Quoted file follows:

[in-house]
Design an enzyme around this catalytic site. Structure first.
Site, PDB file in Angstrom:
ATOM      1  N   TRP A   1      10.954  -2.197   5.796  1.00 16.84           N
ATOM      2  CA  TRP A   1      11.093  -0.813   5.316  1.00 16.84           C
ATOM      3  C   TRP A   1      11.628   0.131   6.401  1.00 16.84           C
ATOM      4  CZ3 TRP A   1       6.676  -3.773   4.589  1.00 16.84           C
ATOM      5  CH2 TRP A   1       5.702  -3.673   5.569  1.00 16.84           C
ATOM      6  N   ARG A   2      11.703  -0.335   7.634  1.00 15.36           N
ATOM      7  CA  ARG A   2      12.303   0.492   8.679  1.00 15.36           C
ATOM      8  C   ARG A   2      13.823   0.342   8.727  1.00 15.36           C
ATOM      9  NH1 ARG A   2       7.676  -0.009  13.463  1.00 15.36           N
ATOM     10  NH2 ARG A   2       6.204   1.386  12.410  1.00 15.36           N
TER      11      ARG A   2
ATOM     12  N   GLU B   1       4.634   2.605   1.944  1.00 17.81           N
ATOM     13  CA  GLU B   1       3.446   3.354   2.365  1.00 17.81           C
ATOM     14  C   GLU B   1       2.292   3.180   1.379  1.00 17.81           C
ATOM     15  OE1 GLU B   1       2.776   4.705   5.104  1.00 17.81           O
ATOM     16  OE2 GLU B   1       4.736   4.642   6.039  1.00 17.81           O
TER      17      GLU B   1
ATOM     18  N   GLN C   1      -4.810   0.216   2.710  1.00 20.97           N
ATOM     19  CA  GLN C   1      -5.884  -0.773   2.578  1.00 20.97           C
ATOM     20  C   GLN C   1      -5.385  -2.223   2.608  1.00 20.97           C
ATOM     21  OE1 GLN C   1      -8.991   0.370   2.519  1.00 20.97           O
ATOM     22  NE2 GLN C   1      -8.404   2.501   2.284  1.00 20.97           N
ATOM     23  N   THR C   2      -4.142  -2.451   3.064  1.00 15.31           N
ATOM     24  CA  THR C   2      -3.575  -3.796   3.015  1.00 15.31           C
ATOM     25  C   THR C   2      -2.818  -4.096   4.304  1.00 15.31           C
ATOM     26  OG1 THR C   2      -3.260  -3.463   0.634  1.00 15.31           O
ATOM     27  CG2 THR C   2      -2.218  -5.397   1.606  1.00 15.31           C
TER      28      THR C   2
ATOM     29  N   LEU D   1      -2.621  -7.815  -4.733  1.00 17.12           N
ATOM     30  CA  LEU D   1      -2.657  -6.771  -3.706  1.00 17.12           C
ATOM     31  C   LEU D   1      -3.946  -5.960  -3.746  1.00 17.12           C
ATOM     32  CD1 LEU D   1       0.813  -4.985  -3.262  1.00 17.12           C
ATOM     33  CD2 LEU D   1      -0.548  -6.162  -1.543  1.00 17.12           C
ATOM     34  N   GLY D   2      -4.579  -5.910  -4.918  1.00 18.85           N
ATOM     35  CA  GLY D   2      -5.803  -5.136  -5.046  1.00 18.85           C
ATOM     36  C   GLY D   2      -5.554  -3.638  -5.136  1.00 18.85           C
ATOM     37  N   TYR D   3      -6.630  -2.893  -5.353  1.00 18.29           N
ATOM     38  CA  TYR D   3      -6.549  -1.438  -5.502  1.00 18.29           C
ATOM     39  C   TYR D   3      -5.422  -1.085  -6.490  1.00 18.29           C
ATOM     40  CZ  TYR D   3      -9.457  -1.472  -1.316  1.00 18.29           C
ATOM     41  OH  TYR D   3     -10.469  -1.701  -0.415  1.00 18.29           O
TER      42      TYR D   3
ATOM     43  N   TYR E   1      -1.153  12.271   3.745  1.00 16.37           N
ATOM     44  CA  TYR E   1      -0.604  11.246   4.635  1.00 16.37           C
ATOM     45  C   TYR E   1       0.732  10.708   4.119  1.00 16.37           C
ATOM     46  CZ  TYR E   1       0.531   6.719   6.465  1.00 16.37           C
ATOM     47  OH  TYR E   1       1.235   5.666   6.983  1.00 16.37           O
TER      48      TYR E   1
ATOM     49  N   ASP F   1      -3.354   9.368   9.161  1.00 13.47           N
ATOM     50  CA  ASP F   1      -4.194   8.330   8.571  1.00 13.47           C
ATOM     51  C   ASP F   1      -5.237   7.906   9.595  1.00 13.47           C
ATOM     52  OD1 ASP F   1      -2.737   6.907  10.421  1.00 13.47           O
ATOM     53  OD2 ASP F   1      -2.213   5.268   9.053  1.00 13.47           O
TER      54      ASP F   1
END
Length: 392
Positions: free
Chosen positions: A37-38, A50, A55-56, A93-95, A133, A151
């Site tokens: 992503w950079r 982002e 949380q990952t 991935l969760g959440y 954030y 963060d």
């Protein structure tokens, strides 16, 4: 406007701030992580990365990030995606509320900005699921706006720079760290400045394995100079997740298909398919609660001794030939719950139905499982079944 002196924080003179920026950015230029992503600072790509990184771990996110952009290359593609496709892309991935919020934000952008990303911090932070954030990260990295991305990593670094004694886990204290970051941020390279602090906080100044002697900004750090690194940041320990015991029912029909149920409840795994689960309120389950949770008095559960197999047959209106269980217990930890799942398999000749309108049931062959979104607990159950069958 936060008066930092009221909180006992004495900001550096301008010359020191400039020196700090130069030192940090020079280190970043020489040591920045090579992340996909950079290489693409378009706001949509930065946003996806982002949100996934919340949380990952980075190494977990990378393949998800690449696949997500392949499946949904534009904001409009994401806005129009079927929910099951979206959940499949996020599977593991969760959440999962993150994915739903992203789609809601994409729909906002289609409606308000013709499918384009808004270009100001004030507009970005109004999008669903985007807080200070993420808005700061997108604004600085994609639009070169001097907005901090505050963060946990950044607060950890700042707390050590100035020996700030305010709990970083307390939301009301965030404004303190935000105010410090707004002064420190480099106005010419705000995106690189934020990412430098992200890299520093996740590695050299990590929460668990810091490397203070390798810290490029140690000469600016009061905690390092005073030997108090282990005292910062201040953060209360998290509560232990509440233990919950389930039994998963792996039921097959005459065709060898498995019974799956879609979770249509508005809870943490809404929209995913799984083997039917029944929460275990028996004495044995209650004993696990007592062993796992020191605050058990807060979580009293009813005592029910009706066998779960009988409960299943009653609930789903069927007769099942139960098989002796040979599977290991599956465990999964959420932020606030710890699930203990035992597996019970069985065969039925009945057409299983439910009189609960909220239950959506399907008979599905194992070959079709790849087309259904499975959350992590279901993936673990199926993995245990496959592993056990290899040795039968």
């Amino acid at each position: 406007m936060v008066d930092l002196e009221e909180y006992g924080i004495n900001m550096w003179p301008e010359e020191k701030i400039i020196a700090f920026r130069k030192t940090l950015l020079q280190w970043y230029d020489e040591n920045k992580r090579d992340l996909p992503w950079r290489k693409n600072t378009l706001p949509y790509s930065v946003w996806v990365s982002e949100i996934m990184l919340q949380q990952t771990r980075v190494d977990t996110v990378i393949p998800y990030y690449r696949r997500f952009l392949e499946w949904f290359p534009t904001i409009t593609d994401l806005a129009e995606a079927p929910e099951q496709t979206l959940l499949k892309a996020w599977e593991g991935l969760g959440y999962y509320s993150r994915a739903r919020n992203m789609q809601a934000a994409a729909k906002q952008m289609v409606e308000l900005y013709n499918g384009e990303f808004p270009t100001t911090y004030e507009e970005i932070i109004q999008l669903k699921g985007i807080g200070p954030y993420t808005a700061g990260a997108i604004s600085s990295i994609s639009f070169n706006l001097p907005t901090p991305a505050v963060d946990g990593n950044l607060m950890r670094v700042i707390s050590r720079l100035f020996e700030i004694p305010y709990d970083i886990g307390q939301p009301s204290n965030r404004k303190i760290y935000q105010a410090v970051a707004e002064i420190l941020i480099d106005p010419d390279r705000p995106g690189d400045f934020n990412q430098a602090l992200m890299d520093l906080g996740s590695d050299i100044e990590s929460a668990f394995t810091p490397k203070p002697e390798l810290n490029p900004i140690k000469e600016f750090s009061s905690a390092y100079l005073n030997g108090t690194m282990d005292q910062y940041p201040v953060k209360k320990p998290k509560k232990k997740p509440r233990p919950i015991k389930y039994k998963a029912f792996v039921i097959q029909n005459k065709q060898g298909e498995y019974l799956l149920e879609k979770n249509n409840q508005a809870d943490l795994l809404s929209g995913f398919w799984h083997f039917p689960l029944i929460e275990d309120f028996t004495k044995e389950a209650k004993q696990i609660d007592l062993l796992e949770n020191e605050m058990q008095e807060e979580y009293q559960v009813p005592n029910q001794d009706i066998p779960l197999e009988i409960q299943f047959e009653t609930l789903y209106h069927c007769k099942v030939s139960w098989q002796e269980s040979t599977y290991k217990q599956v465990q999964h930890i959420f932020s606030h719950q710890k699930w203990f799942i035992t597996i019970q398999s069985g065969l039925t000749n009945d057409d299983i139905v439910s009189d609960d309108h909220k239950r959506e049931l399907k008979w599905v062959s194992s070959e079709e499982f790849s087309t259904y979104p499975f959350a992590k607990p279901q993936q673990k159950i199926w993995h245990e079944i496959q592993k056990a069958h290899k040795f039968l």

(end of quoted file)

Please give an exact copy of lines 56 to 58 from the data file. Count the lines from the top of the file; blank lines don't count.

ATOM     53  OD2 ASP F   1      -2.213   5.268   9.053  1.00 13.47           O
TER      54      ASP F   1
END